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Critical Care and Emergency Medicine - Gastroenterology and Hepatology - Pathology - Pediatrics and Child Health

Neuropeptide Y2 Receptor (NPY2R) Expression in Saliva Predicts Feeding Immaturity in the Premature Neonate
Published: Monday, May 21, 2012
Author: Jill L. Maron et al.

by Jill L. Maron, Kirby L. Johnson, Jessica A. Dietz, Minghua L. Chen, Diana W. Bianchi


The current practice in newborn medicine is to subjectively assess when a premature infant is ready to feed by mouth. When the assessment is inaccurate, the resulting feeding morbidities may be significant, resulting in long-term health consequences and millions of health care dollars annually. We hypothesized that the developmental maturation of hypothalamic regulation of feeding behavior is a predictor of successful oral feeding in the premature infant. To test this hypothesis, we analyzed the gene expression of neuropeptide Y2 receptor (NPY2R), a known hypothalamic regulator of feeding behavior, in neonatal saliva to determine its role as a biomarker in predicting oral feeding success in the neonate.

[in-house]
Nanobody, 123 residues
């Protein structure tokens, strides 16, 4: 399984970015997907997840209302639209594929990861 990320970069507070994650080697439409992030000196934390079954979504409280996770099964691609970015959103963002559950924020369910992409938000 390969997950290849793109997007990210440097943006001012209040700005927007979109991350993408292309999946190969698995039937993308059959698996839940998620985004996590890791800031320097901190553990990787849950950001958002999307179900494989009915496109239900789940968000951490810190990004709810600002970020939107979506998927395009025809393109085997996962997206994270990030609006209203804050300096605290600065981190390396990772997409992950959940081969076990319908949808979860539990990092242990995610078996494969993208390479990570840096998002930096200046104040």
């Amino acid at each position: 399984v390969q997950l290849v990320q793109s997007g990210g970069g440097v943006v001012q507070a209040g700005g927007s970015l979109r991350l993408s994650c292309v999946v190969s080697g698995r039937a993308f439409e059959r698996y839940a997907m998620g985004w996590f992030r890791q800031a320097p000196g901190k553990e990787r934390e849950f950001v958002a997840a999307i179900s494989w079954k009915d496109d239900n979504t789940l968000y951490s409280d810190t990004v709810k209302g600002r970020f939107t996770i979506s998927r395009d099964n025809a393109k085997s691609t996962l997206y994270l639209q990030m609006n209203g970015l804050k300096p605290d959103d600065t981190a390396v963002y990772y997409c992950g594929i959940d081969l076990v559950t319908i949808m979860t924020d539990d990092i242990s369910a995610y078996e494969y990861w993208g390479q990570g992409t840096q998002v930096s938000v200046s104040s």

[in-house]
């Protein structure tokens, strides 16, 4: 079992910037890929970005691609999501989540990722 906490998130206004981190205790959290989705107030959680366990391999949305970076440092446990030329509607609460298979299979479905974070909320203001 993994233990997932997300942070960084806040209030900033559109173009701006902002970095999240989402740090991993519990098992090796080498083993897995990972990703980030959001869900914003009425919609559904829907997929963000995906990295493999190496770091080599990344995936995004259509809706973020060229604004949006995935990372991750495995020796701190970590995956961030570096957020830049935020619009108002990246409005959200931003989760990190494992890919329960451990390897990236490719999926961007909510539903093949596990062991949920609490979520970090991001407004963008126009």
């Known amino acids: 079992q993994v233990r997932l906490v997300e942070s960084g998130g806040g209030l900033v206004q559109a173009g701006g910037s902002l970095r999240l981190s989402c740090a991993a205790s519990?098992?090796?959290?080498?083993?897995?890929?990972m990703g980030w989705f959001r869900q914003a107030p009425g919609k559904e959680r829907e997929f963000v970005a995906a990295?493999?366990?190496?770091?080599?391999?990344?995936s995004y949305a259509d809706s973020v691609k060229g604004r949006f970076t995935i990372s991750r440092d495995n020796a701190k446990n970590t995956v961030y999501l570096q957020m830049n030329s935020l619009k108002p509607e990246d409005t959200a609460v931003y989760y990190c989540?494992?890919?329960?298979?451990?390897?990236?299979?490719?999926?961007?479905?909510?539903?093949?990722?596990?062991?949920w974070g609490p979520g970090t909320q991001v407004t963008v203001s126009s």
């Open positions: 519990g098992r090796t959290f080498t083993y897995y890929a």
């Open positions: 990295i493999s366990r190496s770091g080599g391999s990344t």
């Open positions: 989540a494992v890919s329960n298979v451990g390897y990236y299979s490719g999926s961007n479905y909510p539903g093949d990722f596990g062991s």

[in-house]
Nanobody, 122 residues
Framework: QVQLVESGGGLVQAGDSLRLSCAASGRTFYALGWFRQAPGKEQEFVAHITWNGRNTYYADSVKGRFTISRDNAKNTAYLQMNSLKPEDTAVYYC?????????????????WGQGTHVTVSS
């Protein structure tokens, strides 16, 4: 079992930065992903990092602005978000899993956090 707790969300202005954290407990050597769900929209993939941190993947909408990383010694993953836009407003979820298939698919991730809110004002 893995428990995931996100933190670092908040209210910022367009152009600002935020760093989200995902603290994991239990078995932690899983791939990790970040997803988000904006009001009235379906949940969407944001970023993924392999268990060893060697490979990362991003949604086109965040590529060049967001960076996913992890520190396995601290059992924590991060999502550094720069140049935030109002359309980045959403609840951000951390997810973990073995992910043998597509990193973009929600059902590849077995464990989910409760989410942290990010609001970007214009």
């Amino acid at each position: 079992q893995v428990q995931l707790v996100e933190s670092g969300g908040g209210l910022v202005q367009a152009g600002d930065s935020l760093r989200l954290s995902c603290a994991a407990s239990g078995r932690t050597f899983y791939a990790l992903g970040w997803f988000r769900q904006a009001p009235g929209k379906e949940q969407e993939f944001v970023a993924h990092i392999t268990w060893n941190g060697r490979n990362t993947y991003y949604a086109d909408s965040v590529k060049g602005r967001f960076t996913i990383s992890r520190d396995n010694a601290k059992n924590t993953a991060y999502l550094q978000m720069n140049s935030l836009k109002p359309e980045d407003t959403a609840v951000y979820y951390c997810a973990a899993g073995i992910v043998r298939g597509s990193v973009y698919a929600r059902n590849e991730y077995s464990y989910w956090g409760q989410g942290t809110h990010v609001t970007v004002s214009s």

Methodology/Principal Findings

Salivary samples (n?=?116), were prospectively collected from 63 preterm and 13 term neonates (post-conceptual age (PCA) 26 4/7 to 41 4/7 weeks) from five predefined feeding stages. Expression of NPY2R in neonatal saliva was determined by multiplex RT-qPCR amplification. Expression results were retrospectively correlated with feeding status at time of sample collection. Statistical analysis revealed that expression of NPY2R had a 95% positive predictive value for feeding immaturity. NPY2R expression statistically significantly decreased with advancing PCA (Wilcoxon test p value<0.01), and was associated with feeding status (chi square p value ?=? 0.013).


Developmental maturation of hypothalamic regulation of feeding behavior is an essential component of oral feeding success in the newborn. NPY2R expression in neonatal saliva is predictive of an immature feeding pattern. It is a clinically relevant biomarker that may be monitored in saliva to improve clinical care and reduce significant feeding-associated morbidities that affect the premature neonate.